Market Dynamics and Public Policy Issues in the Video Programming Industry
Publication Date: July 2003
Publisher(s): Library of Congress. Congressional Research Service
In the past 15 years, the successful introduction of new technologies, coupled with changes in government rules, has created strong market forces for fundamental structural change in the video programming industry. About 80 percent of U.S. households subscribe to cable or satellite systems offering multiple channels of programming. These alternatives to broadcast television now attract more than half the total viewing audience, although broadcast television still attracts a majority of viewers during prime-time when popular broadcast network fare is aired. Similarly, movie producers today receive more than twice as much revenue from the rental and sale of video cassettes and DVDs as they do from movie theaters.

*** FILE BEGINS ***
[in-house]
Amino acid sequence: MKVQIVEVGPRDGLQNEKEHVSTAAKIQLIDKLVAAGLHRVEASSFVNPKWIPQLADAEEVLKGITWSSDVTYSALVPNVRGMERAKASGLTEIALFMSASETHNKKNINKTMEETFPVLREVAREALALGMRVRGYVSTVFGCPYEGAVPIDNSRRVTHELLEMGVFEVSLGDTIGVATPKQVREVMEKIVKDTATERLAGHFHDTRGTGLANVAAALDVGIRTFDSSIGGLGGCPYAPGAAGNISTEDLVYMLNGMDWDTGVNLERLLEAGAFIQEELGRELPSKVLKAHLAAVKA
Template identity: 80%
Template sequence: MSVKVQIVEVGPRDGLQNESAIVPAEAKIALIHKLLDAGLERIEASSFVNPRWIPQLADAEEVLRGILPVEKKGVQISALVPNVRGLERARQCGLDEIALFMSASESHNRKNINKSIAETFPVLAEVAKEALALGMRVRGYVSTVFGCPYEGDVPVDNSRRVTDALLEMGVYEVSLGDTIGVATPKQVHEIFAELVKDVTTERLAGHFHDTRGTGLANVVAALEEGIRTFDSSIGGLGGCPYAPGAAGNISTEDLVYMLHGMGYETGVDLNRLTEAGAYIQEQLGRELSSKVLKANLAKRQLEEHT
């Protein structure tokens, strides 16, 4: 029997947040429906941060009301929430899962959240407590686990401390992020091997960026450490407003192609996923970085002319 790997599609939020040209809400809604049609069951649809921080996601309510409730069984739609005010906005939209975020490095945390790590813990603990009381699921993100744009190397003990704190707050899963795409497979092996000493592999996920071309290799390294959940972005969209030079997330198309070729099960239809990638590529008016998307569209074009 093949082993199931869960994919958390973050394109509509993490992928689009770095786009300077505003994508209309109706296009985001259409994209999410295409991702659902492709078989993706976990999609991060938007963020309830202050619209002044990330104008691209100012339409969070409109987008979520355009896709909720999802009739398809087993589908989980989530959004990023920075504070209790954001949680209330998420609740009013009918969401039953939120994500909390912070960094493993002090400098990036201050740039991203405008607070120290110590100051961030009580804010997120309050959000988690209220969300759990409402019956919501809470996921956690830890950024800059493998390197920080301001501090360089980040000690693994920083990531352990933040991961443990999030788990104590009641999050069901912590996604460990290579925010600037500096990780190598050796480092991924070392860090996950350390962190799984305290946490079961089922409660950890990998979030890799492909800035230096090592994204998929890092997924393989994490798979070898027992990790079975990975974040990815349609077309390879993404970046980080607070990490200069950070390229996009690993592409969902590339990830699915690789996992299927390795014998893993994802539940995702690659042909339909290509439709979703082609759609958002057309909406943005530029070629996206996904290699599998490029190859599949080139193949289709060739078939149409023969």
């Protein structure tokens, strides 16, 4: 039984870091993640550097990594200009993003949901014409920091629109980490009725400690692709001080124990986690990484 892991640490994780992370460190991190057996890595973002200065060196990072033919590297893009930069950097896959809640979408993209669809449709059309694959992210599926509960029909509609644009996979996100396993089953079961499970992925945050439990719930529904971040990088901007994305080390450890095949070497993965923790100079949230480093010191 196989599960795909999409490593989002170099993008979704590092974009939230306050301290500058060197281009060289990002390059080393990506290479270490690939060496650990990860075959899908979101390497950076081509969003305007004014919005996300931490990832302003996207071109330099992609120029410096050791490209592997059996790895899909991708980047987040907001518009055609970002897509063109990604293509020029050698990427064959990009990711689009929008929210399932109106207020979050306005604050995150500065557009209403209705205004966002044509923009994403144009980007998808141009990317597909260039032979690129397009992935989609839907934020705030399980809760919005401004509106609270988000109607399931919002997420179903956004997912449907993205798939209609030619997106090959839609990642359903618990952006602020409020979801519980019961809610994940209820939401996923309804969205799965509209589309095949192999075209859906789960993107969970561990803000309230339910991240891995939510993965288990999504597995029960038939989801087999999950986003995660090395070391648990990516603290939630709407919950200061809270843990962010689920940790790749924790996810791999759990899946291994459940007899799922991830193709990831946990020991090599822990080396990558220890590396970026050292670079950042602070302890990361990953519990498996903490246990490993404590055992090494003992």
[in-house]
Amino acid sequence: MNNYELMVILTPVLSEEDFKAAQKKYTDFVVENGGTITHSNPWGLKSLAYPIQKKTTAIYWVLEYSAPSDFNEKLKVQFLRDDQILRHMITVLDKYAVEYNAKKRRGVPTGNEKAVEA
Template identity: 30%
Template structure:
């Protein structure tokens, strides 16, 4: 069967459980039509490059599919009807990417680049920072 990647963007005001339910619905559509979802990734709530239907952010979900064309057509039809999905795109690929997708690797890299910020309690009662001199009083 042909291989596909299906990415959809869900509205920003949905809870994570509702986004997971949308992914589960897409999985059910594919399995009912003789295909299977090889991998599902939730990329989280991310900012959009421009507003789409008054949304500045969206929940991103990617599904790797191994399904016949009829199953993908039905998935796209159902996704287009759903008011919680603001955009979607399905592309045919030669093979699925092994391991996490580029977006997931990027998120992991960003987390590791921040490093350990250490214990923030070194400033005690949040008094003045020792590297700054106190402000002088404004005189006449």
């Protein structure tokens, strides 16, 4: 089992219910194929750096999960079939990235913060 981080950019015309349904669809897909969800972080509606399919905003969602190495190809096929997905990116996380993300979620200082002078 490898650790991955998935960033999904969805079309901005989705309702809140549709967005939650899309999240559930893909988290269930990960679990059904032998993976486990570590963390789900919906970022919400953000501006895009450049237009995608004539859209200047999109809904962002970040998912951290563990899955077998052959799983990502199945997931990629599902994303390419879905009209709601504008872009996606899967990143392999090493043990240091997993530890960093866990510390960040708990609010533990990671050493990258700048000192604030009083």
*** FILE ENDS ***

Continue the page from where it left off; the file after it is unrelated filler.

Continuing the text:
At the same time, there has been widespread vertical and horizontal integration in the video programming industry. The industry is increasingly dominated by a small number of firms that finance the development of new programming through a wide variety of arrangements with content providers (including joint ventures and direct ownership), own extensive libraries of existing programming, own a variety of distribution channels for bringing content to the public, and also own retail pipelines such as local broadcast stations and video store chains (and, currently proposed, a direct broadcast satellite system).
These fundamental changes in the market structure affect the public policy issues that Congress faces. Today, there are more pipelines into the home and more distribution networks than ever before, but a limited number of big media players control a large portion of both programming and distribution. This has engendered debate on how well the existing FCC ownership rules address the impact of consolidated ownership of programming and distribution on the public interest goals of diversity, competition, and localism, and whether new rules that re-regulate the industry could or should be formulated that would better serve those goals.